Fernanda Baissi es Coordinadora de Comunicación Institucional de Fundación CEDHA. Especialista en el manejo de sitios open source.

October 30, 2012 – Environmentalists flocked to Vinchina, days ago, the last community on route to Anglo American’s (AAL.L) Cerro Verde project and Golden Arrow’s (TSX: GRG) Caballos project to protest over the potential impacts from mining activity to the delicate Laguna Brava Reserve. The internationally protected Ramsar site reserve, which includes areas pertaining to both projects, includes sensitive wildlife, lagoons, lakes, mountain wetland systems, delicate flora and glacier presence near the project. All of Cerro Verde is within the reserve, while the southernmost portion of the Caballos’ exploration concession is within the internationally protected Ramsar reserve and could mean trouble for the miners if they are to proceed as intended with exploration this season. A criminal complaint was filed days ago in local courts to halt mining operations in the reserve.

Green Area: The Laguna Brava Reserve

La Rioja is the province where Barrick Gold ran to standstill over community opposition to the Famatina project (ex-La Mexicana), and where Osisko was handed down a suspension for their exploratory work (also in the Famatina area) for failure to produce a glacier impact study. The community there maintains a permanent roadblock to impede access to the site by miners.

 

With over 400,000 hectares of land in the high mountains of La Rioja, bordering Chile, Laguna Brava is a Ramsar site (see p.6, for listing), and any activity in the area that might impact the site, should be carefully reviewed, and would be a violation of Argentine law, which holds international treaties signed by Argentina, above national legislation. Contacted in 2011 about the project’s proximity to glaciers, Anglo American denied glacier presence in the area. Golden Arrow failed to respond to two inquires earlier this year.

recent study carried out by the Center for Human Rights and Environment (CEDHA), shows extensive glacier presence in the vicinity of the projects, along the border with Chile and along access roads to Cerro Verde and to Caballos. There are rock glaciers (debris covered glacier ice) within the project concession areas.

The images below shows the project concession site Cerro Verde (left) with at least one glacier (blue polygons)) in the northern most section of the project but several other glaciers line up along the border with Chile (the border is the thin yellow line). The Ollita project s a bit further south, and Golden Arrow’s Caballo project is just North of the area. In the image on the right we see a portion of Golden Arrow’s Caballos project with numerous glaciers (blue polygons) within the project area.

Another concern of extractive activity in the area is potential impacts to periglacial environments, these are areas which contain permanently frozen grounds, many of which can hold colossal amounts of water “in reserve” and which act as regulators of water basins. The new Argentine National Glacier Law protects both glaciers and periglacial environments as good of “public interest”.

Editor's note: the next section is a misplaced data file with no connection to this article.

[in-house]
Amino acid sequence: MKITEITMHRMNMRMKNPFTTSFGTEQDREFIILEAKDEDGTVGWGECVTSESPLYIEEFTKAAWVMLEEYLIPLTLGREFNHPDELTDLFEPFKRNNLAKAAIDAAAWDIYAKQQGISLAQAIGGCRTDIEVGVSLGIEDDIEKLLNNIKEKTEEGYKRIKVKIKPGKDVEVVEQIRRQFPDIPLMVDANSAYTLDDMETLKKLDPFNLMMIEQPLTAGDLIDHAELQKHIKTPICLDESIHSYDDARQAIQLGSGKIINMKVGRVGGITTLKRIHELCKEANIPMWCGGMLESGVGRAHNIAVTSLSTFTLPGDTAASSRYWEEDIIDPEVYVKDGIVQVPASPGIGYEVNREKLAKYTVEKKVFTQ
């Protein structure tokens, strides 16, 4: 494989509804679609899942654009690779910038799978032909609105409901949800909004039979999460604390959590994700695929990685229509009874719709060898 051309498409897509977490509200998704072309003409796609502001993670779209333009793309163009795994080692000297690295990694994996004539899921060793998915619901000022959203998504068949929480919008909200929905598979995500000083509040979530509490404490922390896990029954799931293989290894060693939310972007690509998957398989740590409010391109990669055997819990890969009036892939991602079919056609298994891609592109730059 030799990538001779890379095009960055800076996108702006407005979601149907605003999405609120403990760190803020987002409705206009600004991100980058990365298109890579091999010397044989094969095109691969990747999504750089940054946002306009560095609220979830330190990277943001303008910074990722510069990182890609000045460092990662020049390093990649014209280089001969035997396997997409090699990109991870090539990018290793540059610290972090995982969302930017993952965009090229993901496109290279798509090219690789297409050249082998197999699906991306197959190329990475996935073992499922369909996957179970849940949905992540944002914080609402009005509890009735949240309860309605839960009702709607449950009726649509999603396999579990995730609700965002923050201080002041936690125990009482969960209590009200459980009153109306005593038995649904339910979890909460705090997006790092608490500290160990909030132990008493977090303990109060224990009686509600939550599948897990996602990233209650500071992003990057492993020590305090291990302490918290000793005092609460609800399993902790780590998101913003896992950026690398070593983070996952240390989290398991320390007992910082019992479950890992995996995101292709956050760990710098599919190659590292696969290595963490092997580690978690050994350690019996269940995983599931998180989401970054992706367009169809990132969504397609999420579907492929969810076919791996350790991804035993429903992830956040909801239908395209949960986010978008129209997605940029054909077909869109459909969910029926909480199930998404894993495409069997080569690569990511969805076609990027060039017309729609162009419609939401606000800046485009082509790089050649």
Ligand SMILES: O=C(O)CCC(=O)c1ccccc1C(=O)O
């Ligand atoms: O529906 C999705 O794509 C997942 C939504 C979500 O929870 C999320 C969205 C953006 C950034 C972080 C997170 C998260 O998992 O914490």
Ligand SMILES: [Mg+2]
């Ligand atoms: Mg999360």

The image below shows evidence from a new study and Google Earth based tool published by the University of Zurichshowing frozen grounds in the Laguna Brava territory. It is unknown just how much water these grounds contain. If they hold water, they’re off limits to mining. Neither Anglo American nor Golden Arrow have produced periglacial environment impact studies, or at least no studies are known to exist, nor has La Rioja province carried out its provincial glacier inventory.

CEDHA decided to carry out an inventory of the province’s glaciers, following comments by the Provincial Governor and the Environment Minister suggesting there were no glaciers in the province. CEDHA found 400+ glaciers and claims the official inventory, now underway by the IANIGLA (the Mendoza-based glacier institute) will register many more as the national authorities have more precise tools to carry out proper and up to date inventories. CEDHA also recently published a report on Periglacial Environments in Argentina and impacts to these sensitive resources by mining activity. Both Cerro Verde and Caballos are included in the report.

The local movement against these projects occurred spontaneously shortly alter the Environment Ministry of the Province of La Rioja, published a decree banning public access to the reserve area, but allowing mining exploration in the Laguna Brava territory. The decree allows for “multiple use” areas within the Laguna Brava Reserve, which would allow for mining activity. Mining companies are allowed to carry out activity in the reserve for a mere US$500 monthly fee.

Congressional representatives of the opposition party are complaining that a ban on public access to the Laguna Brava will destroy tourism to the area, while promoting extractive activity will destroy one of La Rioja’s primary natural sites.

Local communities in La Rioja, including at Famatina (Osikso) and at Agua Rica (Yamana/Xstrata Copper), are some of the most vociferous against allowing mining operations to move forward.

For more information:

Jorge Daniel Taillant 

Tel:   +1 415 713 2309

jdtaillant@gmail.com